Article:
Airplane Mode and Bluetooth Flight Rules

If airplane mode is in effect while taking off or landing, can I still use Bluetooth to connect with my hearing aids at that time.? I may be getting hearing aids soon, and just wanted to know whether airlines pose restrictions on this… Does airplane mode immobilize Bluetooth?

George R.

Just put my Oticon Opn into airplane mode. It appears to shut off Bluetooth in the aids. Also consider your other devices (phone, tablet, etc.) will also be in airplane mode.

Abarsanti: I’d be interested to know if between-HA communication still happens. Like maybe if you get tone feedback when you press a volume button and maybe you hear the tone in both sides then go into airplane mode…do you still hear the tone on both sides?

Yes - I still hear volume and program changes in both aids while in airplane mode.

I should point out that Hearing Aids are specifically exempted from FAA prohibitions on electronic devices.

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I’m no lawyer and I only took a few minutes to look but…
Yes hearing aids are exempt but if you have a bluetooth radio in them then that feature is not required for hearing for safety. And it’s a radio and so does that radio need to be turned off? But no I couldn’t find specifics in my somewhat brief search.

OP: I seem to think that the purpose of Airplane Mode in hearing aids is to turn off the bluetooth radio. The HA’s can still do what they need to do for your safety.

The rule is clear (at least in the US or on US-certified carriers. Hearing aids are unconditionally exempt. You may need to turn off your phone or whatever you have streaming to them, but there’s no need to turn off the aids (or any feature on them).

Interesting then that looking at the manual for the OPN that they expressly say to go into Airplane Mode for those times that you’re not supposed to be using radios.
They also say unless the carrier doesn’t require it turned off. So from what I could find yes unconditional is a good word. And really it’s such minimal power but that’s getting into opinion.

The carrier is given discretion for deciding what electronics to allow HOWEVER certain things like hearing aids and pacemakers are exempt from even that.

In my VERY limited experience with both smartphones and aids, I’m surprised to see the BT included in the “airplane mode” discussion.

My LG phone, running Android 4.4, has 4 SEPARATE toggle switches in ‘Settings’ for airplane mode, wi-fi, Bluetooth, and mobile data.

In a way though I guess if the non-HA bluetooth device has to be “off” then your HA’s aren’t connecting to anything anyway and so why bother taking the tiny bit of power that the radio would be using waiting to connect to something.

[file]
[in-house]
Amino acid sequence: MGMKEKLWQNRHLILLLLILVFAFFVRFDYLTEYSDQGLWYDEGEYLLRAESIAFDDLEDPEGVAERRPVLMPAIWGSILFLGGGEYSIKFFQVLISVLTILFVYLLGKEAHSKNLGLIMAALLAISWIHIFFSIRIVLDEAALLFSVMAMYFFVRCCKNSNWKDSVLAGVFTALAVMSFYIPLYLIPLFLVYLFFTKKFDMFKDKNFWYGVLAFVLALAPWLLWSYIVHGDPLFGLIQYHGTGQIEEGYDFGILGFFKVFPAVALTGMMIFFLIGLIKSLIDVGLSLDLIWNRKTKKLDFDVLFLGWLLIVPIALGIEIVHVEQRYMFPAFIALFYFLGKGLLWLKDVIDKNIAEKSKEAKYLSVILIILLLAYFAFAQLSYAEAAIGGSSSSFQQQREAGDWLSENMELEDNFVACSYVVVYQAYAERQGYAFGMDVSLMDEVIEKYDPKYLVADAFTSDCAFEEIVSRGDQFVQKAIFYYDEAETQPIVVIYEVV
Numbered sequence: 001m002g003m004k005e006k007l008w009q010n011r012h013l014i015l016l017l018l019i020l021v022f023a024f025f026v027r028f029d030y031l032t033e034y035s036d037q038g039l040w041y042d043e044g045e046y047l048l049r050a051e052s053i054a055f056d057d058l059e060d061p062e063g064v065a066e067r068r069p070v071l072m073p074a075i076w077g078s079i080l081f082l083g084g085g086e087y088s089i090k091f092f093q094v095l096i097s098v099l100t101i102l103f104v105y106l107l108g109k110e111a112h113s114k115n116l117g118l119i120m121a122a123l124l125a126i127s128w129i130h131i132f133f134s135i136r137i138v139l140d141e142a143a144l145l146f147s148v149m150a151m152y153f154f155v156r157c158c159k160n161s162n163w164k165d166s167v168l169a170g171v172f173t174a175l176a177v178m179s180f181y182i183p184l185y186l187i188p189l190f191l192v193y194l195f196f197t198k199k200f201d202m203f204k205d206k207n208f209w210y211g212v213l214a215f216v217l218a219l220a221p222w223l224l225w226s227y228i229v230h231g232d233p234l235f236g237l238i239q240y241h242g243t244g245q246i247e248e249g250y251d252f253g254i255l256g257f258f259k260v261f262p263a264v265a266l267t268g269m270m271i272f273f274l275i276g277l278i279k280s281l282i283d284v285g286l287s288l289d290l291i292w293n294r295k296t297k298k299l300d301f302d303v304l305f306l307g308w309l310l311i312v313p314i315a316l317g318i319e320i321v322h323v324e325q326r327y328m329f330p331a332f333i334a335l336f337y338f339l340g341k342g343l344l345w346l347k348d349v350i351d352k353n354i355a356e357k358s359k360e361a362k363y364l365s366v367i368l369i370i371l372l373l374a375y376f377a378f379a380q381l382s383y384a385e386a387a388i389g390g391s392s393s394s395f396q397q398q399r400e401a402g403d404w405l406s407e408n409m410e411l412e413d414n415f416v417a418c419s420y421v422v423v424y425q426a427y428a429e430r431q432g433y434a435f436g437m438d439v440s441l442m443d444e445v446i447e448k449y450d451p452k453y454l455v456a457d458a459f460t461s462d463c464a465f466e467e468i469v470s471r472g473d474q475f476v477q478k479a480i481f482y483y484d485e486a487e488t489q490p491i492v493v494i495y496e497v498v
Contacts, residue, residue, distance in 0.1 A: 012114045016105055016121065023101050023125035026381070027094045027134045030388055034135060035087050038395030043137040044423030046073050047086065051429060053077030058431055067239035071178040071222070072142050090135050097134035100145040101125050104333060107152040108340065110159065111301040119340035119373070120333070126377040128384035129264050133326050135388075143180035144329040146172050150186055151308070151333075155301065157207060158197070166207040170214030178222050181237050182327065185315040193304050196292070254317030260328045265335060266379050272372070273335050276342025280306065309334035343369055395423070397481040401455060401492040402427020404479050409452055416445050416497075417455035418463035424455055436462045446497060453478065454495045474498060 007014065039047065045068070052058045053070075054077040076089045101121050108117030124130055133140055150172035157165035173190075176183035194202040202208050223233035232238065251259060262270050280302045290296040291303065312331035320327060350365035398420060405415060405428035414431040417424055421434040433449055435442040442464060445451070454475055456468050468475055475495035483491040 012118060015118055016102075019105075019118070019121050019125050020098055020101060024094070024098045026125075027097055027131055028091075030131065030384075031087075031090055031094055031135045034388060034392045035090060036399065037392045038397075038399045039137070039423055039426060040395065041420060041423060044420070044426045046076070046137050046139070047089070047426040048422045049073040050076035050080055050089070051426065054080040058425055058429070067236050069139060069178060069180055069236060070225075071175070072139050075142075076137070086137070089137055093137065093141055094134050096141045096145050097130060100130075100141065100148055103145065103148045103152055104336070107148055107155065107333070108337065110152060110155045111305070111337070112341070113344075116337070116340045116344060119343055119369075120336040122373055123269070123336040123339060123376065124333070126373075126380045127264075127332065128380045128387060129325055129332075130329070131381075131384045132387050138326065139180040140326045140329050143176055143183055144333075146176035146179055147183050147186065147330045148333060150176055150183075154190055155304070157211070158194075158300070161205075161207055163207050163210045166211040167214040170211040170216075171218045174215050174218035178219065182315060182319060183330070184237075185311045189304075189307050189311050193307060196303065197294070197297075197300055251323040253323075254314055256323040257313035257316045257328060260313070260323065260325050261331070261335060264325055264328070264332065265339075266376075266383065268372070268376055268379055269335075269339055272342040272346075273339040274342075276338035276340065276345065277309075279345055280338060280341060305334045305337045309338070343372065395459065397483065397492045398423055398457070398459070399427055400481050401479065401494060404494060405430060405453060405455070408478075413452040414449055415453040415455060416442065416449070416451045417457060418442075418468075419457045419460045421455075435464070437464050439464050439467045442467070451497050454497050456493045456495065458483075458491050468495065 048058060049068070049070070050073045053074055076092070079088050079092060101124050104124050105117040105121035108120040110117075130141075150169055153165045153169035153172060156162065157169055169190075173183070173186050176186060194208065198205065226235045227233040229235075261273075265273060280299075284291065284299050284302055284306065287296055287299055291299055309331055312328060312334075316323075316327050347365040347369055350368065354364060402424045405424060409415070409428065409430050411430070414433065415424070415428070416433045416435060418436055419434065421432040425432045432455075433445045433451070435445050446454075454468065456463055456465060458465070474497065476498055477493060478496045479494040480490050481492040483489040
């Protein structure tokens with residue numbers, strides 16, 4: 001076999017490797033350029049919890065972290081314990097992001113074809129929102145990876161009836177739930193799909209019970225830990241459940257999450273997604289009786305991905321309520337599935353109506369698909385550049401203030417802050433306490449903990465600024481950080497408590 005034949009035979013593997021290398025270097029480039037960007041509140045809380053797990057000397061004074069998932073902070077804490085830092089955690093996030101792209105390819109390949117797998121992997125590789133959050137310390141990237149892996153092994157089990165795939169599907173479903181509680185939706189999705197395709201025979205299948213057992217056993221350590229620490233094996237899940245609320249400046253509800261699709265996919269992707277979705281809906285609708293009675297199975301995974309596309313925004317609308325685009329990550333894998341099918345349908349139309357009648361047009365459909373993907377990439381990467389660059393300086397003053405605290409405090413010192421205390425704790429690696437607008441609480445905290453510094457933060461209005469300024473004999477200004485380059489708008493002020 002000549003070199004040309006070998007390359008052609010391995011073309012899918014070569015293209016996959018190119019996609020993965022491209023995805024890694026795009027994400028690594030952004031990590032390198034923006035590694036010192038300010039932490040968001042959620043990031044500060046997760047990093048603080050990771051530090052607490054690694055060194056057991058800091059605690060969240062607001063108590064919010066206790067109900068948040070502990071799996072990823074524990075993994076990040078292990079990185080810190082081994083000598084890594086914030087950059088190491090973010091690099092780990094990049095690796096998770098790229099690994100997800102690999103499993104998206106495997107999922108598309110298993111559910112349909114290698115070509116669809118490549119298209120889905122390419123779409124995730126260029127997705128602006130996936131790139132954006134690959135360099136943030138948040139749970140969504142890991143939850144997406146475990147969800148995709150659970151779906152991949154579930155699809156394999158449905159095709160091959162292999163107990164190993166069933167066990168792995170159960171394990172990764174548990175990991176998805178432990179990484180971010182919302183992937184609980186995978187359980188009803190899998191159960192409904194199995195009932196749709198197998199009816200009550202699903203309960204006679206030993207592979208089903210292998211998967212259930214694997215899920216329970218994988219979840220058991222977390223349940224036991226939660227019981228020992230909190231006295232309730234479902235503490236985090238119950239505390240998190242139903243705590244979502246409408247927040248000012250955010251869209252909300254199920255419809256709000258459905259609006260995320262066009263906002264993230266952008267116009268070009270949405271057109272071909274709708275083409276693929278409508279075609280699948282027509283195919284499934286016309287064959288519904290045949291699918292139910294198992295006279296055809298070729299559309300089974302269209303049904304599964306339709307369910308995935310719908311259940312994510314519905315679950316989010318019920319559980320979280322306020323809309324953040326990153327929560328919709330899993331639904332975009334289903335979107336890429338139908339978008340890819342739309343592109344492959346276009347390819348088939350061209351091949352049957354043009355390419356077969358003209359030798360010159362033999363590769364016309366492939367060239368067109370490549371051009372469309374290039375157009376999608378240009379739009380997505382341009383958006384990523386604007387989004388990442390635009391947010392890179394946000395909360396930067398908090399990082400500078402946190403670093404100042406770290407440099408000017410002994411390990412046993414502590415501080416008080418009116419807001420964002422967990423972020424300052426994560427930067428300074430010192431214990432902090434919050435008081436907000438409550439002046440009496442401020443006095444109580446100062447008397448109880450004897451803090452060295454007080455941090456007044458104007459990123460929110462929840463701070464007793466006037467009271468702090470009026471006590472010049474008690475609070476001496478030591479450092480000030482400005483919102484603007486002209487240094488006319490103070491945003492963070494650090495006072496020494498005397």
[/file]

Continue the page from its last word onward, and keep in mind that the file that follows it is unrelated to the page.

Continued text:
The Airplane Mode of the HA’s is just turning off the bluetooth radio. As per Abarsanti above (thanks) the HA’s still do their own communications.

Streaming and gateway devices should be turned off … my Starkey devices have instructions for “airplane” mode. However, I doubt many people actually shut their phones off so who knows.

grantb5: Well yes you’re right. I guess I should’ve been more clear and said airplane mode for all radio devices. But as we’ve learned HA’s don’t NEED to be touched.

I do shut off my phone. I don’t want to be the one to be responsible for a malfunction on the plane. I don’t feel it’s unreasonable to ask for shut down of phones and at the very least use of airplane mode. my hearing aids still function well with my phone shut down.

I do too, but mainly because they asked (rather than believing it would actually matter). The jerk beside me doesn’t even blink and keeps on with his texts as long as he can get service. And all those landing and taking off YouTube videos? Makes you wonder if you and I are the only ones shutting them off.

My own verrrrrrry frustrating experience here: last fall, I was already boarded on a full flight leaving Albany NY. The pilot informed us that we’d need to deplane due to repairs. I had mere hours to call the hotel and cancel or I’d have been billed for a no-show.

So I got on my cell phone asap - NOT in airplane mode! Dang aids would not pair with the dang phone the entire time I was seated on the plane. The minute I got off the plane and into the terminal, they paired flawlessly and immediately. So call me clueless!

It appears that whether your aids are in Airplane mode or NOT, the bluetooth capability may be blocked by some kind of feature on the plane itself. If anyone out there has any insight as to what’s going on, chime in!

At the most, Bluetooth has a range of only 10 meters 30 feet. And, as you all know from experience, walls, furniture etc. can really degrade that distance. This is a nonissue.

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